Shining with the Stars? Unearthing how group star proportion shapes non-star performance

Matthew L. Call, Elizabeth M. Campbell, Benjamin B. Dunford, Wendy R. Boswell, R. Wayne Boss

Research output: Contribution to journalArticlepeer-review

15 Scopus citations


Organizations grapple with how to position and manage star employees within and across workgroups. One critical question not yet well understood is how to optimize the influence of stars on non-stars and specifically whether to concentrate together or spread out stars across workgroups. Furthermore, we lack knowledge of who is more likely to benefit from stars. To that end, we develop a theoretical model that introduces a new unit-level concept—group star proportion (GSP)—to progress understanding of how the staffing of stars, within and across workgroups, influences non-star performance. Invoking theories of vicarious learning, we explicate why GSP has a curvilinear relationship with non-star performance. Specifically, GSP positively relates to non-star performance up to a point at which there are diminishing returns. In Study 1, we tested these predictions in a field dataset in a healthcare system. In Study 2, we replicated these findings in a commercial real estate firm and expanded understanding of how GSP may serve as a cross-level moderator of non-star performance and two critical individual differences germane to learning: non-star tenure and trait negative affect. Findings offer theoretical and practical insights into how stars might be of most benefit to their non-star peers.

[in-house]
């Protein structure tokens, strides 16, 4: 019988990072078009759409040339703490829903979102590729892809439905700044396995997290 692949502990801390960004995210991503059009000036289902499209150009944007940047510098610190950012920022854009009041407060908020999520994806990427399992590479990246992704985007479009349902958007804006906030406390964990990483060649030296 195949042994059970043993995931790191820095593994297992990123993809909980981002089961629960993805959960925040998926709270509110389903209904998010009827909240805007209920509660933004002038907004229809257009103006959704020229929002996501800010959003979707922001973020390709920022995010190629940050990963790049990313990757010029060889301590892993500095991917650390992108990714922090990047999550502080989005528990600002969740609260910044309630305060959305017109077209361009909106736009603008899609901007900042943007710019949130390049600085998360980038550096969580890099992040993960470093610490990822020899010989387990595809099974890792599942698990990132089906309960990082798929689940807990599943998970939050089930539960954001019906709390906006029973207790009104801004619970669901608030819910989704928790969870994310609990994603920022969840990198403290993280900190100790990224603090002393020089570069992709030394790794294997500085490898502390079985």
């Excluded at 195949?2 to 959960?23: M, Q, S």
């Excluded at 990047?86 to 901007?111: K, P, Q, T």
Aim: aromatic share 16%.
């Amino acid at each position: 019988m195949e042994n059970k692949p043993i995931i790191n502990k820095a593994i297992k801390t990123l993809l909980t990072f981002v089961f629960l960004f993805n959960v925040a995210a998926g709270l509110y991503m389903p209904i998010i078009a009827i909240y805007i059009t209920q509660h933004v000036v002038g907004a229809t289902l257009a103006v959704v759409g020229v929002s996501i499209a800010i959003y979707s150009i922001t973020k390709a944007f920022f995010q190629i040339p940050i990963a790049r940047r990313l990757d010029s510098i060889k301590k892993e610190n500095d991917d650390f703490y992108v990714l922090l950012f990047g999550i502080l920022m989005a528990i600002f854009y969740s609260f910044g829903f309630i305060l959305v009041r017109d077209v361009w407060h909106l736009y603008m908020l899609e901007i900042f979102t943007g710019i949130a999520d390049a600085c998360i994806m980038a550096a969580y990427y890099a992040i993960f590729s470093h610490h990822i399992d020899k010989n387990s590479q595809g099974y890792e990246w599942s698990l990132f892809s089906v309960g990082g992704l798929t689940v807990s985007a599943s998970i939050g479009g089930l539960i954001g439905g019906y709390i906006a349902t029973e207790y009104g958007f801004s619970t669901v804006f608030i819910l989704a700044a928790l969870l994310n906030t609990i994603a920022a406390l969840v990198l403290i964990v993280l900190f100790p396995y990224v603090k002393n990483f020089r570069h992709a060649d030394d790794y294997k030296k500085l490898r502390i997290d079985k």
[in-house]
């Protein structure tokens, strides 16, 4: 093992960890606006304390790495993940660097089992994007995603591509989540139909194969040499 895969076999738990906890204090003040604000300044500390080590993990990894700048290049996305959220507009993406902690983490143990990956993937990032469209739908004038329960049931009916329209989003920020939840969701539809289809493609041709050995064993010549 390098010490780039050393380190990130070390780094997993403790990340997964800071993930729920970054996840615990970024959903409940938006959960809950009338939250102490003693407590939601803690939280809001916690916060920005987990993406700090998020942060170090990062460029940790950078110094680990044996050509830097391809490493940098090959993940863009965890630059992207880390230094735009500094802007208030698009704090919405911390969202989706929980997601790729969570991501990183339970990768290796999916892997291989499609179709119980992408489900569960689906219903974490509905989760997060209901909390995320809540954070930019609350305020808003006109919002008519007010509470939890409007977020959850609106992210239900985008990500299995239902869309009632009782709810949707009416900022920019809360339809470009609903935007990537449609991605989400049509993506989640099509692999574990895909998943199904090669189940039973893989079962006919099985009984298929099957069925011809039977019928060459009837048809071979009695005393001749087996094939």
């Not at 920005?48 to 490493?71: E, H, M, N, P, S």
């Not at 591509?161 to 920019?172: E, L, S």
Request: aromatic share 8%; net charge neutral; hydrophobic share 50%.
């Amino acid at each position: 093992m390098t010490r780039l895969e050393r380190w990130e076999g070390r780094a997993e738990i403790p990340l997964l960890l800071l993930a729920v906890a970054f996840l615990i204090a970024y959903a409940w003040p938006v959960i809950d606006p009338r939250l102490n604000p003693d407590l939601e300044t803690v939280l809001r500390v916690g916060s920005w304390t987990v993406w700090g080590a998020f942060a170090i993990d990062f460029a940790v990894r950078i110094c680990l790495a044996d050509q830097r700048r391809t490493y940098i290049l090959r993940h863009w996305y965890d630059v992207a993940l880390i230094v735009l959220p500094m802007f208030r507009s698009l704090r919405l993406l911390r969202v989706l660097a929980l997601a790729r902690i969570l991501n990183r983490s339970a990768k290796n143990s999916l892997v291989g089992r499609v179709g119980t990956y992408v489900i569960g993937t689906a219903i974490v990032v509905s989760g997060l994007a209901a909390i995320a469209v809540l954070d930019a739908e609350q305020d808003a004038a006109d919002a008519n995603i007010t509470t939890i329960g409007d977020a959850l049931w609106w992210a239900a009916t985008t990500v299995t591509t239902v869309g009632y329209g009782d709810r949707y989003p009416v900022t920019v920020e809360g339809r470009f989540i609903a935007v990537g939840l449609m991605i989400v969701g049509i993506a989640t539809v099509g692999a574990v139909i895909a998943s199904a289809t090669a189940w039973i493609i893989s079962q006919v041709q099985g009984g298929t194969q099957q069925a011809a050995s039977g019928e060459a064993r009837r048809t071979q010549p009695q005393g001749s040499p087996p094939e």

Original languageEnglish (US)
JournalPersonnel Psychology
StateAccepted/In press - 2020

Bibliographical note

Publisher Copyright:
© 2020 Wiley Periodicals, Inc.


  • high performers
  • human capital
  • peer effects
  • role modeling
  • star employees
  • vicarious learning


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